Carrying on Sen. Clark's legacy

Close to the southeastern fringe of 540 acres of rolling farmland, Martha Anne Clark lives in the Ellicott City farmhouse where she grew up, the same house where her father, state Sen. James Clark Jr., resided for nearly 50 years until his death in 2006.

In another house on the property lives her 24-year-old daughter, Nora Crist, who has introduced pigs and chickens to the working farm on Clarksville Pike for the first time in its 214-year history.

And just over a grassy knoll or two in the other direction is the petting farm Clark opened 10 years ago with her father's enthusiastic support.

Mother and daughter have recently joined forces to fulfill the late Democratic legislator's fondest wish, which was for his beloved farm to stay in the family. That hope that is underscored in a new chapter added to his 1999 memoir, which will be available beginning March 31 at a book signing at the farm.

"I get up every morning just ecstatic that Nora is farming this land," said Clark, 57, who decided to augment "Jim Clark: Soldier, Farmer, Legislator" two winters ago. "Nora is the next generation of farming, and she's passionate about it."

Clark, who only began listing farming as her occupation in 2002 when she opened Clark's Elioak Farm as a petting farm, said she'd been thinking for some time about ordering more copies of her dad's life story because so few remained from the original printing of 1,000. Then she hit on the idea of supplementing the work by picking up where her father left off.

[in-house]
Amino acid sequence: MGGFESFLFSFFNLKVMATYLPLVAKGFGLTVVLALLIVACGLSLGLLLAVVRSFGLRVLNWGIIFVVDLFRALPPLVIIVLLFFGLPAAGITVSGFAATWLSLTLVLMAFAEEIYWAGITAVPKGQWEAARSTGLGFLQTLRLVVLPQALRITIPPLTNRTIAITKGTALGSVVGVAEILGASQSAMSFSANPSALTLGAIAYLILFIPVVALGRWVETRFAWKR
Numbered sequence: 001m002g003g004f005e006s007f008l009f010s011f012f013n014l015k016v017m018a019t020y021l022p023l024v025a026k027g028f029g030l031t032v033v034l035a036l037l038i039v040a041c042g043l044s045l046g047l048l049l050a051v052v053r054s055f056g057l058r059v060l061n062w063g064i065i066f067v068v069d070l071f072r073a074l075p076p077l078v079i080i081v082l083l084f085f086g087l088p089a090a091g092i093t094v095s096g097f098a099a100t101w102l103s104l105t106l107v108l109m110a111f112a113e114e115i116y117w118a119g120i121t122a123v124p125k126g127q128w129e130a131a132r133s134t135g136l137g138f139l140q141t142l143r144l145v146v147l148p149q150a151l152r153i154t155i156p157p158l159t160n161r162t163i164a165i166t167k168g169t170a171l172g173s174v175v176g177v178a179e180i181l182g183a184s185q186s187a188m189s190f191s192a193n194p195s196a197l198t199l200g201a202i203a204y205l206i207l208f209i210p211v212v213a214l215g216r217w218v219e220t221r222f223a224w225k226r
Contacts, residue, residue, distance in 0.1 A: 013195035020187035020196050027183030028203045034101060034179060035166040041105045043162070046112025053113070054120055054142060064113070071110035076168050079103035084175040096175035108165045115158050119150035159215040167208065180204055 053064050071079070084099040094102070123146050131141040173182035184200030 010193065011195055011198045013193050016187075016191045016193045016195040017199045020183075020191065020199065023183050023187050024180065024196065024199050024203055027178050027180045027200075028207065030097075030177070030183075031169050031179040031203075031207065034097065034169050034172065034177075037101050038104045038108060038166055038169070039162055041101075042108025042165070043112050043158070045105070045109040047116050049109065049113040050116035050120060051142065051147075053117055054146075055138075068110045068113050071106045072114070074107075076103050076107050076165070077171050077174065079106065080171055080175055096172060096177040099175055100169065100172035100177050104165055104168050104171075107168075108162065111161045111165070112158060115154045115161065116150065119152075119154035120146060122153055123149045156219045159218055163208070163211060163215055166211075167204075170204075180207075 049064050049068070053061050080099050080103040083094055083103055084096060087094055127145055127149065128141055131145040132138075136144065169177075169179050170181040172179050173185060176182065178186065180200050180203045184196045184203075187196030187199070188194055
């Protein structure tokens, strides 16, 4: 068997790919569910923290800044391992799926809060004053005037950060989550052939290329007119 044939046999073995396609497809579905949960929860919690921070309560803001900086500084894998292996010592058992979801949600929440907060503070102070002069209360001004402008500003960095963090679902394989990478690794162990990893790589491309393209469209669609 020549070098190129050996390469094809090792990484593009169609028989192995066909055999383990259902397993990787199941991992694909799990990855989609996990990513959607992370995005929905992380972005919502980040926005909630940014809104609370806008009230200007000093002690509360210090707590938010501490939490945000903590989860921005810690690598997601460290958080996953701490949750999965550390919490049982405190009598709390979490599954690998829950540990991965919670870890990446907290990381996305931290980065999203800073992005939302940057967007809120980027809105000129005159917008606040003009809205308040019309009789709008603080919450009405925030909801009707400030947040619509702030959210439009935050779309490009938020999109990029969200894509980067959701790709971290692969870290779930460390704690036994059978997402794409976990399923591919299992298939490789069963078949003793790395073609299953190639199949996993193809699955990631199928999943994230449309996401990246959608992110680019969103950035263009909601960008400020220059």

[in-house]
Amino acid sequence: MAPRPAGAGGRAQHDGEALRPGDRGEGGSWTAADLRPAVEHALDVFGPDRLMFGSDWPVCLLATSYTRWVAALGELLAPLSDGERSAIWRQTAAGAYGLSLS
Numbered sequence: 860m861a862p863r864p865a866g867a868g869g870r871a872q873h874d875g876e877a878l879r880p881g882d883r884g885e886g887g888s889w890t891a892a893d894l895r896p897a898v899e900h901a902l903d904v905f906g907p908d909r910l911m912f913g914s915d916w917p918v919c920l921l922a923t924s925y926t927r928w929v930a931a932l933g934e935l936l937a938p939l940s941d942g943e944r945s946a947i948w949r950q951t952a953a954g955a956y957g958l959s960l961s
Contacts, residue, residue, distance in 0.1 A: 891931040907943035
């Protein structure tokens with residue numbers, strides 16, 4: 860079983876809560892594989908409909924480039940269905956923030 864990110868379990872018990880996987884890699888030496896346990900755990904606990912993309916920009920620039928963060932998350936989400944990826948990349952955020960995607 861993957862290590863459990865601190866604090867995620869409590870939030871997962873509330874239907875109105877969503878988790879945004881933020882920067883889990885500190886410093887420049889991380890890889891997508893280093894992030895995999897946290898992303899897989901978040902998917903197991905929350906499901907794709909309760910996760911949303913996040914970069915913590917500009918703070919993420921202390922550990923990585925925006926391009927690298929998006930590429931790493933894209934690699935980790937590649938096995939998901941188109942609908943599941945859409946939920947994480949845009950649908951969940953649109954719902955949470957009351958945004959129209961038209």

Only four pages were added to the original 187-page book that covers Jim Clark's early life, stints in the Army and state legislature, and his eventual return to full-time farming. Still, Martha Clark had her work cut out for her in preparing it for publication — again.

"Dad wrote out his memoir in longhand on yellow notepads, and I typed the whole thing on a word processor," she recalled, shaking her head as she recalled the drudgery of that initial process.

This time around, changes were made and typographical errors corrected on 45 pages, which then were retyped and set in a typeface to closely match the original pages. Three dozen photographs had to be converted to pixels. Then the whole package was reprinted and bound in the same green buckram cover that adorns the first edition, and will be sold for $20 at the farm store.

"This is [my father's legacy], this is what he cares about," Clark said. "Nora and I have a goal to keep the farm all together and not let it get divided up."

Born in 1918 just four miles away from what is now called Clark's Never Sell the Land Farm, the longtime legislator "traveled such a short distance from birth to death, [yet] had a wide-ranging influence on his county, his state and his nation," Clark writes in the new final chapter.

The farm's name was taken from the words engraved on a memorial stone the senator placed near the farmhouse in honor of his wife, Lillian, who died two days after the couple's 55th wedding anniversary in 2001.

"Dad's interest in his farm never waned, and he was actively involved in the farming operation until his final illness," Clark writes on page 169.